By conceptualizing food environments in a more comprehensive way, from the perspective of the people living within a given community, we will be able to measure food environments in a way that more closely aligns with people’s lived experiences. PM provides a useful, easy to implement tool for conducting this with the view to better designing food environment research. This will be particularly important for communities that access different food environment types, such as those living in LMICs and indigenous communities. Aligning food environment assessments with people’s lived experiences can help to better characterize gaps in the availability, affordability, convenience, promotion and quality, or sustainability of food; however, there is a clear need for better methods and tools to measure these environments. By improving our ways of measuring food environments, we will be able to design better interventions that are more aligned to the needs of a given community.

Data availability statement

The raw data supporting the conclusions of this article will be made available by the authors, without undue reservation.

Ethics statement

The studies involving humans were approved by the Ethical approvals were obtained from the National Ethics Committee for Health Research in Cambodia and the Johns Hopkins University Homewood Institutional Review Board in the United States. The studies were conducted in accordance with the local legislation and institutional requirements.

Author contributions

SD: Conceptualization, Data curation, Methodology, Supervision, Writing – original draft, Writing – review and editing. SM: Conceptualization, Data curation, Methodology, Supervision, Writing – original draft, Writing – review and editing. WS: Formal Analysis, Writing – review and editing. CK: Data curation, Writing – review and editing. SoS: Data curation, Methodology, Writing – review and editing. NC: Methodology, Writing – review and editing. JF: Conceptualization, Writing – review and editing. SeS: Conceptualization, Methodology, Supervision, Writing – review and editing.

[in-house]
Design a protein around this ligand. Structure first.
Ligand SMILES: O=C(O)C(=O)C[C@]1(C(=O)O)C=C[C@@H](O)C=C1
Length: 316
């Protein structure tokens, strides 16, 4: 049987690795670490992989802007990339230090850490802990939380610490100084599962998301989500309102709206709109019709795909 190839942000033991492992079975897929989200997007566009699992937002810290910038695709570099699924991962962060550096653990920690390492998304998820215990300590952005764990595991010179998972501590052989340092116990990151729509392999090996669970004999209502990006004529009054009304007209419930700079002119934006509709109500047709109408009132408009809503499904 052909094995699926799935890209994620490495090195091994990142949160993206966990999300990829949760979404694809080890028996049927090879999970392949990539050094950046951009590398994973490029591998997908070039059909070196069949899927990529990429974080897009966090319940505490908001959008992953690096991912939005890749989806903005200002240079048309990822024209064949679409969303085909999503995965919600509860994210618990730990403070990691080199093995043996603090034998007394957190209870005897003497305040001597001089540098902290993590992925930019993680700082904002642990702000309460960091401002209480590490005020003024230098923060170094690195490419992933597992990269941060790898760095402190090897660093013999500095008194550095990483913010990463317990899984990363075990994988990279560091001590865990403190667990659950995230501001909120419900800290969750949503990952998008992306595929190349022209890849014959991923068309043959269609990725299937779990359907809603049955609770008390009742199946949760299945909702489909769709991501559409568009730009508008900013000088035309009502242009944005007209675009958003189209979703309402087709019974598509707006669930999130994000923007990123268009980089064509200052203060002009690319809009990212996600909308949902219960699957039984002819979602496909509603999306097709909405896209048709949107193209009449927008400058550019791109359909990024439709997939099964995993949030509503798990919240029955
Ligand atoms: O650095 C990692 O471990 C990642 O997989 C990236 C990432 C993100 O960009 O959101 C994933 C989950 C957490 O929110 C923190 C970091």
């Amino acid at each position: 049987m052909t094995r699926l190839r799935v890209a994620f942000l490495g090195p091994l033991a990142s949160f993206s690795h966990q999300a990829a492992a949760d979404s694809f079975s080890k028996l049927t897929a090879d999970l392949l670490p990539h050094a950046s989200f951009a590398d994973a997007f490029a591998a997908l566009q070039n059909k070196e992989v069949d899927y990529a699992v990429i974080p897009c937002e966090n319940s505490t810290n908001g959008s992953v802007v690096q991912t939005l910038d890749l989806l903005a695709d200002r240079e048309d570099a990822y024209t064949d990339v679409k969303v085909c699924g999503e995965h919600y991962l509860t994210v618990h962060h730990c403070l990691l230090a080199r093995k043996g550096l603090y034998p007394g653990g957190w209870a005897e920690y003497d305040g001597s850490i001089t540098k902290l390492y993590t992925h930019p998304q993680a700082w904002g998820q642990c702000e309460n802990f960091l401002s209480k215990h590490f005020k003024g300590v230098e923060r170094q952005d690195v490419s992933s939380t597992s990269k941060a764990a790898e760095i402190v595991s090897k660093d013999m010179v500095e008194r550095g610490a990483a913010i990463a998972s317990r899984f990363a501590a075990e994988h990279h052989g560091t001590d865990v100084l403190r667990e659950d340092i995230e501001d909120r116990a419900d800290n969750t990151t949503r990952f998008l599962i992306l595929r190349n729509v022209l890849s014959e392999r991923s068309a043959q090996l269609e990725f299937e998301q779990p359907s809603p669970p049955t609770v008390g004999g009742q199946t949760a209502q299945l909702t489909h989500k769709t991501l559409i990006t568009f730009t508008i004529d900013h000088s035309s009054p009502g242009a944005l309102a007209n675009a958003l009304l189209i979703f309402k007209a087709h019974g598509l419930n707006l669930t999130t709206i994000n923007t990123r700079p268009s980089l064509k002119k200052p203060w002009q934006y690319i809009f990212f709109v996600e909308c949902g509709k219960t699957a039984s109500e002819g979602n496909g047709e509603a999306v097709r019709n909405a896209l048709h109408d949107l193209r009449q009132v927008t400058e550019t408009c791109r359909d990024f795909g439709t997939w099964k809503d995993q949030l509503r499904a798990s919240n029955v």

The author(s) declare financial support was received for the research, authorship, and/or publication of this article. Funding has been provided by the Bloomberg Distinguished Professors Program at Johns Hopkins University.


We thank Dr. Veasna Sou and for his contribution to data collection and management, Mr. Punleu Thou for facilitating field work, Dr. Vanny Sok and Ms. Soviphea Chenda of the Royal University of Phnom Penh and the Council for Agricultural and Rural Development (CARD) for their assistance and support facilitating this study. We also appreciate the support of the provincial government, district government, commune councils, non-governmental Organization (NGOs), community-based organizations, agricultural cooperatives (AC) and women groups that facilitated this work. We are grateful to the participants who gave up time to be interviewed.

Conflict of interest

The authors declare that the research was conducted in the absence of any commercial or financial relationships that could be construed as a potential conflict of interest.

Publisher’s note

All claims expressed in this article are solely those of the authors and do not necessarily represent those of their affiliated organizations, or those of the publisher, the editors and the reviewers. Any product that may be evaluated in this article, or claim that may be made by its manufacturer, is not guaranteed or endorsed by the publisher.

Supplementary material

The Supplementary Material for this article can be found online at:


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Keywords: food environment, participatory mapping, Mekong River, Tonle sap lake, focus group discussion

Citation: Downs S, Manohar S, Staromiejska W, Keo C, Say S, Chhinh N, Fanzo J and Sok S (2024) Centering context when characterizing food environments: the potential of participatory mapping to inform food environment research. Front. Nutr. 11:1324102. doi: 10.3389/fnut.2024.1324102

Received: 19 October 2023; Accepted: 30 January 2024;
Published: 21 February 2024.

Edited by:

Alessandra Durazzo, Council for Agricultural Research and Economics, Italy

Reviewed by:

Eva Monterrosa, Global Alliance for Improved Nutrition, United States
Peter Delobelle, University of Cape Town, South Africa

Copyright © 2024 Downs, Manohar, Staromiejska, Keo, Say, Chhinh, Fanzo and Sok. This is an open-access article distributed under the terms of the Creative Commons Attribution License (CC BY). The use, distribution or reproduction in other forums is permitted, provided the original author(s) and the copyright owner(s) are credited and that the original publication in this journal is cited, in accordance with accepted academic practice. No use, distribution or reproduction is permitted which does not comply with these terms.

*Correspondence: Shauna Downs,